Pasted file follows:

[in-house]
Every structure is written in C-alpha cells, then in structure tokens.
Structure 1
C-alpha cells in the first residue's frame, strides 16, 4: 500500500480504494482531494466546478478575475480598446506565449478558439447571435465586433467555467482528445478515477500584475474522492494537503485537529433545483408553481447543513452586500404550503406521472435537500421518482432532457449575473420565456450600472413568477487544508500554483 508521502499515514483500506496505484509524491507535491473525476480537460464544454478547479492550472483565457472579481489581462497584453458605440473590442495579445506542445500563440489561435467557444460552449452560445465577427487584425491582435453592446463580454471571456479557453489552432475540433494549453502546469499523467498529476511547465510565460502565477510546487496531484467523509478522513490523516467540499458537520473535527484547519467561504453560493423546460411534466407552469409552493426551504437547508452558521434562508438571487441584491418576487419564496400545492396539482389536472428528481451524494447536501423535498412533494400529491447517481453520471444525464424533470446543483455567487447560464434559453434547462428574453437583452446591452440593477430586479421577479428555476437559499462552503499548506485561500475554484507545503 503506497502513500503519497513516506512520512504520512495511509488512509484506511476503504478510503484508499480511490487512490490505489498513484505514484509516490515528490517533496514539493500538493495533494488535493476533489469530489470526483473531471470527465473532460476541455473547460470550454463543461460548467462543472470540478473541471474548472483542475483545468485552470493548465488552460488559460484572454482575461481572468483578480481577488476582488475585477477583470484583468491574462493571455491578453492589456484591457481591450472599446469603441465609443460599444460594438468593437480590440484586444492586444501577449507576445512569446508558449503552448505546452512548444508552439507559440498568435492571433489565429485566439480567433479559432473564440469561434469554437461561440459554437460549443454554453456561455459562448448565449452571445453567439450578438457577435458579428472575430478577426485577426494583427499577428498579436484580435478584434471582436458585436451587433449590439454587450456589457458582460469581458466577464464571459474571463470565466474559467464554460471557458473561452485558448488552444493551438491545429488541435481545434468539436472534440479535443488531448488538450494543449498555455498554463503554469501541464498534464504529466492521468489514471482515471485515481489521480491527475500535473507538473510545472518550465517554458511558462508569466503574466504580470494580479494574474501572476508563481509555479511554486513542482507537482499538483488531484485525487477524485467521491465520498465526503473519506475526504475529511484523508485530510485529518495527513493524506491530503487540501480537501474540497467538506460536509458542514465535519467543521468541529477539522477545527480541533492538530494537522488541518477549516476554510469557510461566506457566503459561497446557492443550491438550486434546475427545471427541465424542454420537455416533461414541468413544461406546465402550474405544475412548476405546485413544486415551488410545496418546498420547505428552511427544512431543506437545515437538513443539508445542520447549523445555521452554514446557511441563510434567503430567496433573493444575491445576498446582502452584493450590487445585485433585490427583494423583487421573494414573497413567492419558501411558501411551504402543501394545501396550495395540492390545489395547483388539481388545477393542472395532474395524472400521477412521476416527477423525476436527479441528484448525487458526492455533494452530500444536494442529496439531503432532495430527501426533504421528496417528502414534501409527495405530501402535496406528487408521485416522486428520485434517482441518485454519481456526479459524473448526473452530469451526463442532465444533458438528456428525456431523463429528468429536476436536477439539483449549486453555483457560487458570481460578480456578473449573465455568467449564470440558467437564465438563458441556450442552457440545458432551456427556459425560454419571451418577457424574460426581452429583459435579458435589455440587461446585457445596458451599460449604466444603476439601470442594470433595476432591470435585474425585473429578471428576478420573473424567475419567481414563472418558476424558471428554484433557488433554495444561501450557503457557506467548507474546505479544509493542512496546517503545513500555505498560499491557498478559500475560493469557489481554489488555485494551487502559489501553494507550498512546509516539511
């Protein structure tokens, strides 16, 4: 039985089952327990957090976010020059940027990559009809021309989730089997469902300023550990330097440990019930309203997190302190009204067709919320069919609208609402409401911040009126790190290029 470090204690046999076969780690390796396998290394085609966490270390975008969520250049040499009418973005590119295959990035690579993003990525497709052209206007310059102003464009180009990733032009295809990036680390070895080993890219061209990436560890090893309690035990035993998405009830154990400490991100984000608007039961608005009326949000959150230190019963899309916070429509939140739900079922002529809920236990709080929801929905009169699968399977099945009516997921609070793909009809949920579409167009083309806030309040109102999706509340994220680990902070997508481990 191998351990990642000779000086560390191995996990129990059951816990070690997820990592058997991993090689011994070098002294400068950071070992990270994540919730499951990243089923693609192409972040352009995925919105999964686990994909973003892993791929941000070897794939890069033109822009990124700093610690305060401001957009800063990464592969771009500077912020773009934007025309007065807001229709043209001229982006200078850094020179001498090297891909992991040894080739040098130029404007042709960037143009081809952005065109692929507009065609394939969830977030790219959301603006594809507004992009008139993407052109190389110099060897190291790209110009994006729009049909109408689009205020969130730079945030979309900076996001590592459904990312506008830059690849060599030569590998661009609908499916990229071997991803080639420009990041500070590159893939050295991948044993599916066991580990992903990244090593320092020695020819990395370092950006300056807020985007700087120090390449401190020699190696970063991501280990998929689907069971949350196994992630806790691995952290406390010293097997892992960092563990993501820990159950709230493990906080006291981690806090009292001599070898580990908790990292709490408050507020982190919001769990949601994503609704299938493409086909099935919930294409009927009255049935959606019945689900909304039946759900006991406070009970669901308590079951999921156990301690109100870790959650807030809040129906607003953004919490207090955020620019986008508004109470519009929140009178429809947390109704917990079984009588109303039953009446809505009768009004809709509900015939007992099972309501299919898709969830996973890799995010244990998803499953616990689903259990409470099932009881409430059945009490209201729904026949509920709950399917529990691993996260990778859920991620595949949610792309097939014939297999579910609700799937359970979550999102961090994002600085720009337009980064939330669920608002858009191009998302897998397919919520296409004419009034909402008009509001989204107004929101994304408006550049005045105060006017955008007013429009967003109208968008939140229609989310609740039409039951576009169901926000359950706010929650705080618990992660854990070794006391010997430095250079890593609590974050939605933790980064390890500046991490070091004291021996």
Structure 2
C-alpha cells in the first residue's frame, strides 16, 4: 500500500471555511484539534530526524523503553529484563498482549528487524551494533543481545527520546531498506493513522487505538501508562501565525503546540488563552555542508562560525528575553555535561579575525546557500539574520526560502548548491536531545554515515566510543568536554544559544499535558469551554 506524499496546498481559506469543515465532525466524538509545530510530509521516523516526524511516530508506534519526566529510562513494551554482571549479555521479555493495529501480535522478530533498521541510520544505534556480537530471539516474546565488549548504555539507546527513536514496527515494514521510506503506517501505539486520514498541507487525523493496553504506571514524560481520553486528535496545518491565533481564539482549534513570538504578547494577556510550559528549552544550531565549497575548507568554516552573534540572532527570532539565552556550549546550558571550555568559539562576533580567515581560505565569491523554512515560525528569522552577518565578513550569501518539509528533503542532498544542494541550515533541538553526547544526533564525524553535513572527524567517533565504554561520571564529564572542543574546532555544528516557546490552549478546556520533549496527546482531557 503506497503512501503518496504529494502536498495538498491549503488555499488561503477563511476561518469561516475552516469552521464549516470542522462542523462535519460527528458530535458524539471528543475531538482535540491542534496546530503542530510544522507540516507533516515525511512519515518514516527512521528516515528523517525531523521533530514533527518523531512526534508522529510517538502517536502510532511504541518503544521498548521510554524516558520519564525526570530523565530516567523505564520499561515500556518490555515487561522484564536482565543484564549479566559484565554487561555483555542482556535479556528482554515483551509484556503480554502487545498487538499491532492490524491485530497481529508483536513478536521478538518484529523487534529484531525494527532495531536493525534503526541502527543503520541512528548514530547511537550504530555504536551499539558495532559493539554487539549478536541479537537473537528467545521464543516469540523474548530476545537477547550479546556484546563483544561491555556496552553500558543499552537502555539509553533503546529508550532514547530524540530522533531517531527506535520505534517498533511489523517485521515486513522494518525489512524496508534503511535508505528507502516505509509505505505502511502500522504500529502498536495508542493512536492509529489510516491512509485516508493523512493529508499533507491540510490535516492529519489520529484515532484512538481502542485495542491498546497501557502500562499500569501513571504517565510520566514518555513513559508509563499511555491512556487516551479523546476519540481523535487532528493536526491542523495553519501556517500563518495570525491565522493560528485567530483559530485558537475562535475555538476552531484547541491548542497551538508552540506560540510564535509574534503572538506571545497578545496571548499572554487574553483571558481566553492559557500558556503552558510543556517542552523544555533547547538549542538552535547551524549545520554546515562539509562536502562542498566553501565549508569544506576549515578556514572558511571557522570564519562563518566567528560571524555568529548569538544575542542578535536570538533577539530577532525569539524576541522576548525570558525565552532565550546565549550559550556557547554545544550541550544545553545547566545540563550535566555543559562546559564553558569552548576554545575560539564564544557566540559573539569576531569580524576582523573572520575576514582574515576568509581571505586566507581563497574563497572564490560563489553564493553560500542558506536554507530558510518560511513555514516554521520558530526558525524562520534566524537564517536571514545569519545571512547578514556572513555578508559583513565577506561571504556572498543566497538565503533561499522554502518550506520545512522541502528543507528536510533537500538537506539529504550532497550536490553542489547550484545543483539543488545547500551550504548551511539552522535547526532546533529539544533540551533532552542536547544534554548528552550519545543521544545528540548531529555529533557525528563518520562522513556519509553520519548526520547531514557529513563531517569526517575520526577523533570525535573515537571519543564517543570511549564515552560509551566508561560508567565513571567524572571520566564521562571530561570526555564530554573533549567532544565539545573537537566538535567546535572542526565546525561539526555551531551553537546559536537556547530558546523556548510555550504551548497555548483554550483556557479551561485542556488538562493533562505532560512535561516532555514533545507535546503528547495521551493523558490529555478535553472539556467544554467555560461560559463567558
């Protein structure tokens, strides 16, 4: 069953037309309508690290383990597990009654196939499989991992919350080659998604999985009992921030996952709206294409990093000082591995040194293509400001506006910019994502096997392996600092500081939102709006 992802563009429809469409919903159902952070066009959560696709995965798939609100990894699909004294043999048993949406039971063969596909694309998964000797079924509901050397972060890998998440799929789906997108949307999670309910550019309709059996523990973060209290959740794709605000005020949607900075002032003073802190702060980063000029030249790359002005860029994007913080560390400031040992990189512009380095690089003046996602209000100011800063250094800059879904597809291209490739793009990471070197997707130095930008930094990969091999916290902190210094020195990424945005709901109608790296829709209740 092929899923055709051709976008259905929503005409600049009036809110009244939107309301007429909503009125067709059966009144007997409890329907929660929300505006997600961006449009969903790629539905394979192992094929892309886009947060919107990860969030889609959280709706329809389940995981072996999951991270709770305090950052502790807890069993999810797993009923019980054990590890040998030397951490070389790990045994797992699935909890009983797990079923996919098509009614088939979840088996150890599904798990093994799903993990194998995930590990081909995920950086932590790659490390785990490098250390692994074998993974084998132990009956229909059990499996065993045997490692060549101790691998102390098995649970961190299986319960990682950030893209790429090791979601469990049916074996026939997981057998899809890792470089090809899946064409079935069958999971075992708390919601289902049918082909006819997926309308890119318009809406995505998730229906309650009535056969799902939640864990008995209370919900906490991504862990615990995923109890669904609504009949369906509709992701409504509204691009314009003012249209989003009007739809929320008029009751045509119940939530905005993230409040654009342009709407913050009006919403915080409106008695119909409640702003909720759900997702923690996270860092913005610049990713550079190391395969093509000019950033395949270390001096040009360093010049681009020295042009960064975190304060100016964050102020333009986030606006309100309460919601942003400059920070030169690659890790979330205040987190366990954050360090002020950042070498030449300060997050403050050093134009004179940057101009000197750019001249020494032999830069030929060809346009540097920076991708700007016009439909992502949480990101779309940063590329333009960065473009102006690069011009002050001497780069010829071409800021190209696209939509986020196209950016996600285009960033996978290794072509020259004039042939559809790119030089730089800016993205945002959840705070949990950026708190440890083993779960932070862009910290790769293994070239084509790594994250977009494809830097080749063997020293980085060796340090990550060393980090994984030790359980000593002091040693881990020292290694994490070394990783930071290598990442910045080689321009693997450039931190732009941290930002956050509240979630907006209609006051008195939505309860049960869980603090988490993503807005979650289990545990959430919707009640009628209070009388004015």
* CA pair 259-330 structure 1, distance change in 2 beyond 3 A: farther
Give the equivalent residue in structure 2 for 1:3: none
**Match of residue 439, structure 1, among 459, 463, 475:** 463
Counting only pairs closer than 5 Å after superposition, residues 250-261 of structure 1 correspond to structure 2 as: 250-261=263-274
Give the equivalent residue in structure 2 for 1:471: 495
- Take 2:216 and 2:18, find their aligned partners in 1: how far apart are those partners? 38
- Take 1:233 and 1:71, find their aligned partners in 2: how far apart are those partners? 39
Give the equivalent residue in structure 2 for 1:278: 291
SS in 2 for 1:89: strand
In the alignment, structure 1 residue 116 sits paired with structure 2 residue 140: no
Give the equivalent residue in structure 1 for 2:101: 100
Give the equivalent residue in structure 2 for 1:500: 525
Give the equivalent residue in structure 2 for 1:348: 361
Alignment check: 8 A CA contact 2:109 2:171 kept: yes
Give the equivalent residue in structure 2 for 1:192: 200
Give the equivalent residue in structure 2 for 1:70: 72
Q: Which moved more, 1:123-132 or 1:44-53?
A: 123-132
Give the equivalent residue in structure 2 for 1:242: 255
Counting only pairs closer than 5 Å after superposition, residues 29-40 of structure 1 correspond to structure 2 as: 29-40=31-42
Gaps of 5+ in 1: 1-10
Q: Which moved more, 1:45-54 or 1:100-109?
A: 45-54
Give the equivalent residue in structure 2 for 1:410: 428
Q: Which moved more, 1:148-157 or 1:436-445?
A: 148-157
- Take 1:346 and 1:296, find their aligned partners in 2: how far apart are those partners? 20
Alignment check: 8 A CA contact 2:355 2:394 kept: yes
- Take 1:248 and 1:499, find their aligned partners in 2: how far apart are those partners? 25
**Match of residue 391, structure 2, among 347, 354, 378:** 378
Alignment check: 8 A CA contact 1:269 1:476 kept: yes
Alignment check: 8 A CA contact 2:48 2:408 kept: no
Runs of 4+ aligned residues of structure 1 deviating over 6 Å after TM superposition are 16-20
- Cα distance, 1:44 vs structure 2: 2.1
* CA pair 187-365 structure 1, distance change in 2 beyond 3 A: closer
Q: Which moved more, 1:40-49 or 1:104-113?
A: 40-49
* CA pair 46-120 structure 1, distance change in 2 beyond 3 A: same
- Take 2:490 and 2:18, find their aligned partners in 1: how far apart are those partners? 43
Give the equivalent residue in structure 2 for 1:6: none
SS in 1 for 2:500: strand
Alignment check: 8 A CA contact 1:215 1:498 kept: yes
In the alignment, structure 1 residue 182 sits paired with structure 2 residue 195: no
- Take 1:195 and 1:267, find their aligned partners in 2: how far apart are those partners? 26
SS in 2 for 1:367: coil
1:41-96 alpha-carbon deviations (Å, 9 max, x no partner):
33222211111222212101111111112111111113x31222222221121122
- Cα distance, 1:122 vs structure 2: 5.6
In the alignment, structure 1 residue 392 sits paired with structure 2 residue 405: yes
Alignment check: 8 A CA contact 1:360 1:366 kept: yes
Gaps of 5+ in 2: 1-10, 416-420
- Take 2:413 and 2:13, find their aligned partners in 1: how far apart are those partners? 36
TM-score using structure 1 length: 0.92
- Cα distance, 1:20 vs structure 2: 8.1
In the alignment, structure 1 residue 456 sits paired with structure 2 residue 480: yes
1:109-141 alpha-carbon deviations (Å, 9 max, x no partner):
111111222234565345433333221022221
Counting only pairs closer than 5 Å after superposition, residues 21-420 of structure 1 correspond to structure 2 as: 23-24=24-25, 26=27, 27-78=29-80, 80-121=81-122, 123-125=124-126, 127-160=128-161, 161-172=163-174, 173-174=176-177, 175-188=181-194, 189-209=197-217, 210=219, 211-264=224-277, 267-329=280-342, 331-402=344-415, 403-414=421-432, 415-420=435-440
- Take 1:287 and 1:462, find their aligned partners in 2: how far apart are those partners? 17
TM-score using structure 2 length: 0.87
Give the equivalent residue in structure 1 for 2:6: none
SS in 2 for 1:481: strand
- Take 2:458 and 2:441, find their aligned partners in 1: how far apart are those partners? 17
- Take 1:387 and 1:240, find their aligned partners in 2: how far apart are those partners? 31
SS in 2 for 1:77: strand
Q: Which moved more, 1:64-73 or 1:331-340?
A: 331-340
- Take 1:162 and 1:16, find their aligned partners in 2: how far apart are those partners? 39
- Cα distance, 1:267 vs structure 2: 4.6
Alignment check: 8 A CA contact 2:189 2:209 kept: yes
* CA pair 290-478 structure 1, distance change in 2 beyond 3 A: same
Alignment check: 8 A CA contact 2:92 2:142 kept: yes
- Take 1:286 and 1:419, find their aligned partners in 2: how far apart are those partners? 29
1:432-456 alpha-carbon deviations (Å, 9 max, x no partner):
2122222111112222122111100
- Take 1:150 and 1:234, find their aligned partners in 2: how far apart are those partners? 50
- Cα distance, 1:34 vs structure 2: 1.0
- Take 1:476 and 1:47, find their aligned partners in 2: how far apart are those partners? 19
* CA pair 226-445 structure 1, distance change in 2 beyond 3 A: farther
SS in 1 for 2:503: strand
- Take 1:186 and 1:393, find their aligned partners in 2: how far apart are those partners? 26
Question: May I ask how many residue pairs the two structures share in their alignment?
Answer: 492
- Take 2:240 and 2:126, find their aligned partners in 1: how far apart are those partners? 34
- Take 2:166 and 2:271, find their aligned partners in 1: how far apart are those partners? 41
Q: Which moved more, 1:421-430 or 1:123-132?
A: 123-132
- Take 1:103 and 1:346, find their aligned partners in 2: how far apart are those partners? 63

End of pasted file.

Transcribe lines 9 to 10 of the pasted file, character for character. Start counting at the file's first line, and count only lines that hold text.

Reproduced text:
* CA pair 259-330 structure 1, distance change in 2 beyond 3 A: farther
Give the equivalent residue in structure 2 for 1:3: none